Tag Archives: Vegan Recipe

Arugula and Persimmon Salad

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When I was a kid and my mom gave me a persimmon to try for the very first time, I was surprised it didn’t taste like a tomato, as persimmons very much resemble tomatoes. As I observed closely, there were specks of brown in the fruit—almost as if God/theUniverse had sprinkled the fruit with cinnamon and it was naturally occurring, embedded into the fruit. Hence, my initial childhood conclusion that cinnamon derived from per”cinnamon”s—hello, it’s in the name, duh! As I grew perplexed and analyzed that it was probably a silly idea since we had cinnamon sticks to stir hot apple ciders and Mexican hot chocolates with, and we actually had to ground cinnamon sticks to add into recipes I thought, “what a coincidence” and how beautiful of God to just sprinkle fruit with cinnamon and make a star shape design for us to see (when slicing the fruit horizontally). I just left it at that—a coincidence and viewed them as two separate things. Besides, how in the world would one be able to extract specks of cinnamon from the persimmons. Oh silly, silly me!

Fast forward 30 years when I had my twin nephews try persimmons for the first time, I told them the story I just shared with you, and they asked where cinnamon came from. Since I never looked it up, I turned to one of my fave instructional learning tools, @youtube 🙊🙈😁, and we learned that cinnamon is made from the barks of trees, rolled up by people in a forest (well at least the people in a forest in the video we watched). It’s a very timely process and I could not believe how much effort it takes to make and how cheap and available it is to us. I will never look at cinnamon and persimmons the same again, especially knowing now that they are mutually exclusive.

Moving on, although persimmons and cinnamon are both in season right now, this salad only contains persimmons. It’s a family and friend favorite this time of year. Make it for the holidays, for your parents when they come to visit, for a date, or treat yourself. It is super super simple, and contains the following ingredients: arugula, ripened and crisp persimmons, dates, shallots, #marconaalmonds, an easy soft cashew cheese, #saba, and sea salt and pepper.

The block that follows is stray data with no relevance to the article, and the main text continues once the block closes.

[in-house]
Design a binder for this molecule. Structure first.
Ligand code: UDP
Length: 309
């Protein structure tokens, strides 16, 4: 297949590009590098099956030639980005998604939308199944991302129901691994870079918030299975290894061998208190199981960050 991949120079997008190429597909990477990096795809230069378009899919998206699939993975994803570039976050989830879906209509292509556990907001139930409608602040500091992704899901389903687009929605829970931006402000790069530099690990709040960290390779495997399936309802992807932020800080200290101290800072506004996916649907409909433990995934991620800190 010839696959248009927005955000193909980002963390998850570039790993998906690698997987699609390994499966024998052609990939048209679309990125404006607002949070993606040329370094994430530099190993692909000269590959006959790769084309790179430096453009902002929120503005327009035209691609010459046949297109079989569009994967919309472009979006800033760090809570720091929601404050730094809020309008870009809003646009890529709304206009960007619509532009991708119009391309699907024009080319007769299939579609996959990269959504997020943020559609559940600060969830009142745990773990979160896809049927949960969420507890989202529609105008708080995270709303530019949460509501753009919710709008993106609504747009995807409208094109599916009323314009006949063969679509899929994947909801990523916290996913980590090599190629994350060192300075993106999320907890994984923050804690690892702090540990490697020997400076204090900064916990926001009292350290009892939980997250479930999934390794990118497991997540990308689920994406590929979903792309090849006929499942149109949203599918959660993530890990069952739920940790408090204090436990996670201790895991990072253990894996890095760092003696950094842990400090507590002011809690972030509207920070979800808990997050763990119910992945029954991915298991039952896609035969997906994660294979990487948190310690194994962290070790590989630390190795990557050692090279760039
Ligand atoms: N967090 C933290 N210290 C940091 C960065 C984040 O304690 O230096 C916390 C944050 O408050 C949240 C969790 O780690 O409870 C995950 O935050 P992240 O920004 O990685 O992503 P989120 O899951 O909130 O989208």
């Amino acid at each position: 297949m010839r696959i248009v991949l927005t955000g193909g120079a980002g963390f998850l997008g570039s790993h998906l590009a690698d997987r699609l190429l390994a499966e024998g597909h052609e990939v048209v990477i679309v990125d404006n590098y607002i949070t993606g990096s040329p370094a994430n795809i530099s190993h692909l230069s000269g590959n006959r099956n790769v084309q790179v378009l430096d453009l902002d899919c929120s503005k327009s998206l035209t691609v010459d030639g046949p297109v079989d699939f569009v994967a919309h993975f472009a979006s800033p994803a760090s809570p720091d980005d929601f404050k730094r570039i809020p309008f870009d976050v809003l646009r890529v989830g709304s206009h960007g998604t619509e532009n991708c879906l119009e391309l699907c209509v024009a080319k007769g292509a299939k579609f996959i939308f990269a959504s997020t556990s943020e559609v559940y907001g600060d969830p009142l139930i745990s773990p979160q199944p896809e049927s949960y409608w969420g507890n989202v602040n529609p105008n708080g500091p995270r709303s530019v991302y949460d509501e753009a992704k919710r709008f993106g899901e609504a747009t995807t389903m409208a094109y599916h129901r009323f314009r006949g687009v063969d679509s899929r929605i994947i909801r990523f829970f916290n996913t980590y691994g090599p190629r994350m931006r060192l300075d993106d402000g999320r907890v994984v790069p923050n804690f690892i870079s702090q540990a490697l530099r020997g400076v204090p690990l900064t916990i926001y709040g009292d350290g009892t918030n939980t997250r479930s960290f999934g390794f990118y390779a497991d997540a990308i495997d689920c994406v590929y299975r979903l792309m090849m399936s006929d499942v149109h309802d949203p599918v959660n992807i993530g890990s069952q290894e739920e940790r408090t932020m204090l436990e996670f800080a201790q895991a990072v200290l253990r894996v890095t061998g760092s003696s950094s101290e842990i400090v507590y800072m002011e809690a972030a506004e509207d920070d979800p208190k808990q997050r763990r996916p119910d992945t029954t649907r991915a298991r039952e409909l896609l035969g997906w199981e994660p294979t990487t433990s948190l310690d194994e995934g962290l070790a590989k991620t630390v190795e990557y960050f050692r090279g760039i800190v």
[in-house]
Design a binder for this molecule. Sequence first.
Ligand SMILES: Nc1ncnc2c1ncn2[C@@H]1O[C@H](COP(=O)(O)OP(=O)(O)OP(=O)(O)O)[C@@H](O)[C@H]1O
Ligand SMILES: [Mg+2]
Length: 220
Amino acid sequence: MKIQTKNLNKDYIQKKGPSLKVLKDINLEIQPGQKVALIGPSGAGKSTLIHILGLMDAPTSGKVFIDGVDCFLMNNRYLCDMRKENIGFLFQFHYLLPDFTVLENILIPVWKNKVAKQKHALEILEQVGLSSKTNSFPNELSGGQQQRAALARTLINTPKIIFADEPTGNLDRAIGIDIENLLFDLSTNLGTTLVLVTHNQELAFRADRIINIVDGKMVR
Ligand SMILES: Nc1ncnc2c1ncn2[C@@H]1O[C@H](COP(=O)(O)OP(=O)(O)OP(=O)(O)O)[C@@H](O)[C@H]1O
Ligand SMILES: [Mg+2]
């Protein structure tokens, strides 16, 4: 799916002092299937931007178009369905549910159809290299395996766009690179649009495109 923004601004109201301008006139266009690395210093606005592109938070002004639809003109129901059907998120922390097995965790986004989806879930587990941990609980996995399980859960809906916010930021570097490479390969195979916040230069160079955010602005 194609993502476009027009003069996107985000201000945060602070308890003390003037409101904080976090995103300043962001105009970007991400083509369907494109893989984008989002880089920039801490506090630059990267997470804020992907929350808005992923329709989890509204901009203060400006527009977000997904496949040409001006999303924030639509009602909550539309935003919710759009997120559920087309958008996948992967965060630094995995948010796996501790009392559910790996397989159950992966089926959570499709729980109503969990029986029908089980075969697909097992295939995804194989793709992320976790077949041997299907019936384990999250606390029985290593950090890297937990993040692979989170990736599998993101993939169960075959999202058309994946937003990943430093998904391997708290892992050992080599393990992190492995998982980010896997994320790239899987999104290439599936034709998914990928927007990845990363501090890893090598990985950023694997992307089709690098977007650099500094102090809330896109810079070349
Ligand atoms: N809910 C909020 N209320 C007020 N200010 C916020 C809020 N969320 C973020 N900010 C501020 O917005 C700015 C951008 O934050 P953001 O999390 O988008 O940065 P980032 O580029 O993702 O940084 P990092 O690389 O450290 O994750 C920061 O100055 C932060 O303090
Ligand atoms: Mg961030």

I hope you try this recipe and enjoy it!

Arugula and Persimmon Salad

Servings: 4-6

Prep Time: 20 minutes (not counting the time it takes to make the cheese. With cheese, one day.)

Ingredients

2-3 bags pre-washed baby arugula

4 crunchy fuyu persimoons, peeled, stem removed, and sliced into 8ths

1/2 cup marcona almonds

1/2 shallot, sliced very thin

3 dates, sliced very thin

handful crumbled goat cheese (you can use this vegan goat cheese recipe sans the cranberry and dill, and when you blend it, add 3 Tbsp agar agar flakes)

2 super ripe and juicy persimmons, stem and peel removed

saba (aged balsalmic), as needed

sea salt, as needed

freshly ground black pepper, as needed

Directions

1. Spread the arugula onto a serving platter.

2. Season with a dash or two of sea salt and pepper.

3. Tuck into the leaves bits of shallot, dates, marcona almonds, persimmon wedges.

4. Sprinkle on vegan goat cheese.

5. In a bowl, place the super ripe and juicy persimmon flesh.  Stir it up a bit as if you are going to use it as a sauce.  Using a spoon, in a circular motion, add the persimmon flesh as you would a dressing.

6. Finish off with a drizzle of saba.

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“Caramel” Candy Apples

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Although caramel apples typically make an appearance in the Fall, I foresee these caramel apples being made in my kitchen all-year-round!  The “caramel” in this recipe requires little cooking and does not result in a sticky goo!  It is simply made from sweet potatoes, dates, vanilla, and almond milk!  They are a perfect clean and healthy snack or dessert that even your dentist will even approve of!

Once the apples are coated in the “caramel” and topped with chopped walnuts and cacao nibs, it will be difficult for you to hold in your smile.  These caramel apples will release the inner child in you.  They are not only nourishing, but they are so fun to make and eat!   I hope you enjoy these!

 

I want to give Vitacost.com a huge thanks for kindly sending me ingredients that inspired these!  Click on the ingredient links to purchase the same ingredients I used to make the “Caramel” Candy Apples.  Click here for Vitacost.com savings. 

 

 “Caramel” Candy Apples

Servings: 6-8

Time: 45 minutes

Diet: V, GF, GFV, DF, SF, SRF

 

Ingredients

6-8 apples

6-8 popsicle sticks

 

Caramel: